But now shes dying. In front of my eyes. I have to do something. The rest of my children have already passed, God bless their souls, I can’t let this one go too. God is showing me what to do.
I grab my goats and sheep and march them the 5 kilometers to my nearest neighbor. “My daughter is dying and I need to go to Mekelle, maybe they can do something to help. Buy my cattle from me so I can afford to travel.”
Ok, this should be enough. Money in hand, I return to my daughter. Shes up, trying to find food. She hasn’t eaten in 2 days and must be so hungry. She will need strength for this trip, so I make up some Gunfo. We normally give this to postpartum women to generate strength for them and their babies. This should work for my daughter. Using her fingers, shes able to maneuver the paste around the mass that has taken over her entire mouth. Its slow, but shes able to get enough down.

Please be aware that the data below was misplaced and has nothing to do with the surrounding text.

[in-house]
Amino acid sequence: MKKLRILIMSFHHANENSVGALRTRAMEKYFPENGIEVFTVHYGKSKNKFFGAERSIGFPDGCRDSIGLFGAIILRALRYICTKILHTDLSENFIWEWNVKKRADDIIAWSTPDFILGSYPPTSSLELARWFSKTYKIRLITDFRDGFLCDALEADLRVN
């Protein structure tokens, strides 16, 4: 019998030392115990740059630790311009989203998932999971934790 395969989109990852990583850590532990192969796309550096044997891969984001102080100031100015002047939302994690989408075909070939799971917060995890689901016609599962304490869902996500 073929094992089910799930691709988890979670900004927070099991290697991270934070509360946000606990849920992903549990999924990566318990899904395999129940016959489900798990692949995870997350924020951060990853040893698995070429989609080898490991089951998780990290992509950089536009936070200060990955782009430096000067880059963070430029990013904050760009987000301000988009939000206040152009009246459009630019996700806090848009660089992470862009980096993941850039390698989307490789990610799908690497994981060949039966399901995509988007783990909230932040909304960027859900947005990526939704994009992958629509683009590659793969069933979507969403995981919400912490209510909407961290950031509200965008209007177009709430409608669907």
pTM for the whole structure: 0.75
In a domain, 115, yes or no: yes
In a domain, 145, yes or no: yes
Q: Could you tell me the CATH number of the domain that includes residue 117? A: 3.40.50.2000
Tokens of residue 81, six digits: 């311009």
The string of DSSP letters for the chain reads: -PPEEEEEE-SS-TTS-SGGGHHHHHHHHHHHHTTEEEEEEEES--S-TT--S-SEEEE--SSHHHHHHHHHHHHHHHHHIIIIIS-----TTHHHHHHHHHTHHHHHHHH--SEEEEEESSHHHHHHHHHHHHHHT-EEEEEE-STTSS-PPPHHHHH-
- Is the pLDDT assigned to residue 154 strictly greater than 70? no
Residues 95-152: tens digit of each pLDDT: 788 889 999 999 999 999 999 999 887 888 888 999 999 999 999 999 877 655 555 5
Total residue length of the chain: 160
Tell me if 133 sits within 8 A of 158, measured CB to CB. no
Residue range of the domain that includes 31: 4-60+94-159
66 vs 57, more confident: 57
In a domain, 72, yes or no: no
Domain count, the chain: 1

The sun is almost in the middle of the sky now. If we leave now, we should be able to reach the town by sunset. So off we went, only with the clothes on our backs and a plastic bag of injera. 8 hours of walking through highland desert with sandals is easy, but how will we convince someone in town to give us a ride to Mekelle? We spend the night outside a local buna house in town, I will need this in the morning to keep going.
We were up before the sun. Eager to take advantage of the first buna of the day. I overhear the gentleman next to us talking about taking his bus to Mekelle today. I pleaded with him about my daughter’s plight. He did offer us seats in his van, but with no discount. The full price. I wasn’t sure if there would be another opportunity and it was a 10 hour drive to Mekelle, so I reluctantly paid the man in full.